With Australia being quite a dry country, many states and local councils encourage installation of rainwater tanks when building new homes. If you are wanting your home to be completely off-grid with water and not rely on back-up water supplied via your local utility, you will need to ensure that you have sufficient water to supply your household water needs.
In addition to rainwater, you can also harvest stormwater (water running off ground surfaces), and/or make use of recycled grey water which can be used for irrigating gardens and flushing toilets. See our article Becoming Self-Sufficient with Rainwater, Stormwater and Recycled Grey Water.
Hot Water Off-Grid
Heating water in a regular electric geyser is extremely energy-intensive, and the largest consumer of electricity in a home. Solar hot water systems offer an affordable and efficient alternative, and once installed will deliver hot water for free as long as the sun shines. In a sunny country like Australia, they are very efficient.
The simplest, cheapest, and most effective option is the evacuated tube solar hot water system. The solar evacuated tube system consists of a hot water tank connected to a series of glass tubes, which vary in number depending on the size system you require. Water within the tubes is heated by the sun during the day, and as the water heats up it rises up the tubes into the holding tank. The hot water rises to the top of the tank, while cooler water at the bottom of the tank is displaced, flowing out into the tubes where it is heated up by the sun— a cycle that is repeated throughout the day. When hot water is drawn out of the top of the tank for household use, cold water flows into the bottom of the tank, and then into the tubes where it is heated by the sun. No pumps or electricity are required to run the system, although a backup electrical thermostat is an option to ensure hot water when the sun doesn’t shine for long periods of time.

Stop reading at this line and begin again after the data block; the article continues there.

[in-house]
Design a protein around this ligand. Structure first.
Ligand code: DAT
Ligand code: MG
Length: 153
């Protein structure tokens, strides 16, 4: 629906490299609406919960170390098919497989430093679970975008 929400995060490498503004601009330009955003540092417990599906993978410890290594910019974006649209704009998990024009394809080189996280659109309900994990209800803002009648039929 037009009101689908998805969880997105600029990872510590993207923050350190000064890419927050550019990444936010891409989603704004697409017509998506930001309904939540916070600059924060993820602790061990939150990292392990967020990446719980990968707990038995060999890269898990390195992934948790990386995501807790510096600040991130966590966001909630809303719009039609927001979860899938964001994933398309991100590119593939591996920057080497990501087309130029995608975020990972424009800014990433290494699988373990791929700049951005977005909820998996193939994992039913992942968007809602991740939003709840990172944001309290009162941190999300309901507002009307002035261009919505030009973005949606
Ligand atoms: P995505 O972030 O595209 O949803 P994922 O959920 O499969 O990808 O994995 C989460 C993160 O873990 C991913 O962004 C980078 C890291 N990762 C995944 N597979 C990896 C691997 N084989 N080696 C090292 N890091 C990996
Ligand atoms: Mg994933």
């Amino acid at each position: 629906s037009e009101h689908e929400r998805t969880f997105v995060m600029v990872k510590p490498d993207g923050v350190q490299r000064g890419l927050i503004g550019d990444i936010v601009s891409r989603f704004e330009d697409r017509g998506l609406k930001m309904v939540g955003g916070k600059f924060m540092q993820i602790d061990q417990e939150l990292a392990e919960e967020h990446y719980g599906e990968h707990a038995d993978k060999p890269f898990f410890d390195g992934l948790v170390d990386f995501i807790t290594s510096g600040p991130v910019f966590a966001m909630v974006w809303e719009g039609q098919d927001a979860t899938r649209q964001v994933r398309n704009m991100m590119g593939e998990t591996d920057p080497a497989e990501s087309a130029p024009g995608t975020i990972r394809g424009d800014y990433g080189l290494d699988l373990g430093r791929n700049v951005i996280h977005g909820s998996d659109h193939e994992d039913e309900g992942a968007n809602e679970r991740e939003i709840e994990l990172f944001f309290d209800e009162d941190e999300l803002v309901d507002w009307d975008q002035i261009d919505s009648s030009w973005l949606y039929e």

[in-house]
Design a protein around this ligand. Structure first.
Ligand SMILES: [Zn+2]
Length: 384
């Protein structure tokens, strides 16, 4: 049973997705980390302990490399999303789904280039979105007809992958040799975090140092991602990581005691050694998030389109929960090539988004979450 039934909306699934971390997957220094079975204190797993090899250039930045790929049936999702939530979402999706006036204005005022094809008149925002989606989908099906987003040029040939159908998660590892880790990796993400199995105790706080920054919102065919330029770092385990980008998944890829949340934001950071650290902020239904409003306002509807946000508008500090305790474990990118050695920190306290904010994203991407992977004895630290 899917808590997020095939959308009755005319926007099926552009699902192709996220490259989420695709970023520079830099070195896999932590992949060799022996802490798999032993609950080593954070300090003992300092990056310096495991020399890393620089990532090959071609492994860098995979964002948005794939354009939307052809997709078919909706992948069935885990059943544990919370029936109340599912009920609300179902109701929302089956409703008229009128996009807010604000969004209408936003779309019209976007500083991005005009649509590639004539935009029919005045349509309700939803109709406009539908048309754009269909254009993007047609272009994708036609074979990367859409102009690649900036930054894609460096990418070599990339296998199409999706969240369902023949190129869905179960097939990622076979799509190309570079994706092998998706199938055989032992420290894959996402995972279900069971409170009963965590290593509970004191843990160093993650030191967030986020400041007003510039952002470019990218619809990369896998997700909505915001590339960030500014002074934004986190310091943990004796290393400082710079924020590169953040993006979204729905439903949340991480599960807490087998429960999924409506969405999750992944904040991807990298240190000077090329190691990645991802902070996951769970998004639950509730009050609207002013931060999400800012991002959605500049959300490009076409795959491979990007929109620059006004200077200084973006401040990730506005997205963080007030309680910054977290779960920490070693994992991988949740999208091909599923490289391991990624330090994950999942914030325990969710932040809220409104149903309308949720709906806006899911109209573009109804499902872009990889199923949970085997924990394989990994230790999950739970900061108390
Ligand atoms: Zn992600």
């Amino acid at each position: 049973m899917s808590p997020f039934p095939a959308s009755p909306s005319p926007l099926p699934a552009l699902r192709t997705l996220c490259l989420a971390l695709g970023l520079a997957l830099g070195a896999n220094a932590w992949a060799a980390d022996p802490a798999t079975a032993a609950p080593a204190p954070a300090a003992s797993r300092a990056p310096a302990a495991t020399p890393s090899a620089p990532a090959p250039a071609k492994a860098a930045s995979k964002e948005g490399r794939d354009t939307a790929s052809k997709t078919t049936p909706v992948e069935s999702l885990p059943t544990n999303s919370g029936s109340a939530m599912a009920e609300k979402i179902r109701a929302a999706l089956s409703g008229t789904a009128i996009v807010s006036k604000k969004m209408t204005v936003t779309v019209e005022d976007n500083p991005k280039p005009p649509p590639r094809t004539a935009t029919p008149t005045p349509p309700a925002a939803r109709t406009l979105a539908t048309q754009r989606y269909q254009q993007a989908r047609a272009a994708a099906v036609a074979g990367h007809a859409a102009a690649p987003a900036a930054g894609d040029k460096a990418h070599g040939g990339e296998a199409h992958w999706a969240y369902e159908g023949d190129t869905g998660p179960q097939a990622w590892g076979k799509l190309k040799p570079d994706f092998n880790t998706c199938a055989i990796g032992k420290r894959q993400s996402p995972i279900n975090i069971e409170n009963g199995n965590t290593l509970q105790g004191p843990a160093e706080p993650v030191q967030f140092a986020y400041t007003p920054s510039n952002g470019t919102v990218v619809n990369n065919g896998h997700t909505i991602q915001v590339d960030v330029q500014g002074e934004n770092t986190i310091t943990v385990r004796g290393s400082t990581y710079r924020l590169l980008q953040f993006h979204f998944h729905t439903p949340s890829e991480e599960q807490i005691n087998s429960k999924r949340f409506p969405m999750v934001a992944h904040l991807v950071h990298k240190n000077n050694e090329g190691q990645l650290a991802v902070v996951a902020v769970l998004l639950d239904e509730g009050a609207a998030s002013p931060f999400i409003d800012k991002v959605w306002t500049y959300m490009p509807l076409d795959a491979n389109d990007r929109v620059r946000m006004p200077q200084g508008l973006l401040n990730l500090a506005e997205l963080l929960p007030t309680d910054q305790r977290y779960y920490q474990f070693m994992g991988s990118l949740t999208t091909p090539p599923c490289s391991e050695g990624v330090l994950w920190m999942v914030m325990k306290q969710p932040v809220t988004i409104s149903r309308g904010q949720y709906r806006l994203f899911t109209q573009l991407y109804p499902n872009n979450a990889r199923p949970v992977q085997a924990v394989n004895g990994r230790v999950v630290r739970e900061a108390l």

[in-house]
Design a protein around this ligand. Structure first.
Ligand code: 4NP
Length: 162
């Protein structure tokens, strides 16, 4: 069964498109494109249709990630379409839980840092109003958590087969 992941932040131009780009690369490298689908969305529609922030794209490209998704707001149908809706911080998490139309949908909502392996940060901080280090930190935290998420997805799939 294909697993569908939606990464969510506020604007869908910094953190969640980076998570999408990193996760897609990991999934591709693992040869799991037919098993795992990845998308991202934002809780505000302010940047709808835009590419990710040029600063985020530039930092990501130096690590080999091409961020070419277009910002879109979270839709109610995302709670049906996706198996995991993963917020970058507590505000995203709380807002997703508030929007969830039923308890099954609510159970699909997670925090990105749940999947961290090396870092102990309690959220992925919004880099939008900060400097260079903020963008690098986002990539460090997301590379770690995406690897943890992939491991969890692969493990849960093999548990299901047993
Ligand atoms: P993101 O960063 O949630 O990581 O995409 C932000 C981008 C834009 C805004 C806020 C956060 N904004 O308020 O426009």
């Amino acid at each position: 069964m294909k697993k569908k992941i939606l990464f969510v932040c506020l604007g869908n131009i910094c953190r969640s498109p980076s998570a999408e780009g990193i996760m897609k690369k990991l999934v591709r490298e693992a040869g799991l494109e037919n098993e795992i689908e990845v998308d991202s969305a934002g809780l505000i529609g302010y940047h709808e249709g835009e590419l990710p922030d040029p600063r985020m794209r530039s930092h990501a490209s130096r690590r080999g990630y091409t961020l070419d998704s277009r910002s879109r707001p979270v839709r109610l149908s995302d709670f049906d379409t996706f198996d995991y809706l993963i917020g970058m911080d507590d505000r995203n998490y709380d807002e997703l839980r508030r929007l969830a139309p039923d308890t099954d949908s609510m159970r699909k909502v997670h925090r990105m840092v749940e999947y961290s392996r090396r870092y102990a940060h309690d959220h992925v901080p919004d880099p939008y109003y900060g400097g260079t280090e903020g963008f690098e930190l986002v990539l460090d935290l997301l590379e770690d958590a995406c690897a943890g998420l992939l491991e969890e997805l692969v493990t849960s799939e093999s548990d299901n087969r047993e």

If you decide to go completely off-grid in an urban residential area, you may still have to pay for services (water and/or electricity) even if you do not connect to these services, which you are not obliged to do.
Although you will not be charged for using the service – that is, you will not be charged for the water you use – many councils will still include a service/infrastructure fee in your monthly rates for making such accessible to you. You could also legally require a water connection, and you will still need access to sewerage disposal, so it may not be possible to go completely off the grid. It is still possible though to be self-sufficient with your water supply as well as electricity.
Living on your own water supply can result in huge savings in the home while conserving valuable water resources in the process. Water storage tanks are an important part of being sustainable with your own water. Clark Tanks are one of the most trusted brands in the country provide a variety of tank styles and sizes at competitive prices. Contact us to about your water storage needs.